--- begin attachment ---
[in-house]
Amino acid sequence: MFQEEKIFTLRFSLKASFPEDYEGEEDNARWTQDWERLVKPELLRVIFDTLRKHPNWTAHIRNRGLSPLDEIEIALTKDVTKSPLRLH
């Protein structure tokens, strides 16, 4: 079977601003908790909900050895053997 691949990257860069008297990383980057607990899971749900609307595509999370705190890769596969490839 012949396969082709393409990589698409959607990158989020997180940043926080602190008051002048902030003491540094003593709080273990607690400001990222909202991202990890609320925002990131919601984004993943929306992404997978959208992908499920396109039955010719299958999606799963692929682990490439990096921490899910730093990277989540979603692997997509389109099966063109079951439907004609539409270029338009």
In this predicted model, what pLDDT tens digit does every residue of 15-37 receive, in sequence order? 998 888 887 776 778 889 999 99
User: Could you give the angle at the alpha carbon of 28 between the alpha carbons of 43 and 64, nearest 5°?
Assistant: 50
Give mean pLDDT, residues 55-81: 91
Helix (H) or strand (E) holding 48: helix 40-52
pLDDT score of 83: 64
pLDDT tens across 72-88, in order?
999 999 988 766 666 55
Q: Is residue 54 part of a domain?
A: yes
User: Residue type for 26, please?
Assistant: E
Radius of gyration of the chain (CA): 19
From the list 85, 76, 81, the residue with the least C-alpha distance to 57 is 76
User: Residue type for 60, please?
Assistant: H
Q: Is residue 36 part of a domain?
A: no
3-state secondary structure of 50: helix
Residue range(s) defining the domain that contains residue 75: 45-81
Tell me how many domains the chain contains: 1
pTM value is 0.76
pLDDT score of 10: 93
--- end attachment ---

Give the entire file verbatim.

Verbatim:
[in-house]
Amino acid sequence: MFQEEKIFTLRFSLKASFPEDYEGEEDNARWTQDWERLVKPELLRVIFDTLRKHPNWTAHIRNRGLSPLDEIEIALTKDVTKSPLRLH
């Protein structure tokens, strides 16, 4: 079977601003908790909900050895053997 691949990257860069008297990383980057607990899971749900609307595509999370705190890769596969490839 012949396969082709393409990589698409959607990158989020997180940043926080602190008051002048902030003491540094003593709080273990607690400001990222909202991202990890609320925002990131919601984004993943929306992404997978959208992908499920396109039955010719299958999606799963692929682990490439990096921490899910730093990277989540979603692997997509389109099966063109079951439907004609539409270029338009």
In this predicted model, what pLDDT tens digit does every residue of 15-37 receive, in sequence order? 998 888 887 776 778 889 999 99
User: Could you give the angle at the alpha carbon of 28 between the alpha carbons of 43 and 64, nearest 5°?
Assistant: 50
Give mean pLDDT, residues 55-81: 91
Helix (H) or strand (E) holding 48: helix 40-52
pLDDT score of 83: 64
pLDDT tens across 72-88, in order?
999 999 988 766 666 55
Q: Is residue 54 part of a domain?
A: yes
User: Residue type for 26, please?
Assistant: E
Radius of gyration of the chain (CA): 19
From the list 85, 76, 81, the residue with the least C-alpha distance to 57 is 76
User: Residue type for 60, please?
Assistant: H
Q: Is residue 36 part of a domain?
A: no
3-state secondary structure of 50: helix
Residue range(s) defining the domain that contains residue 75: 45-81
Tell me how many domains the chain contains: 1
pTM value is 0.76
pLDDT score of 10: 93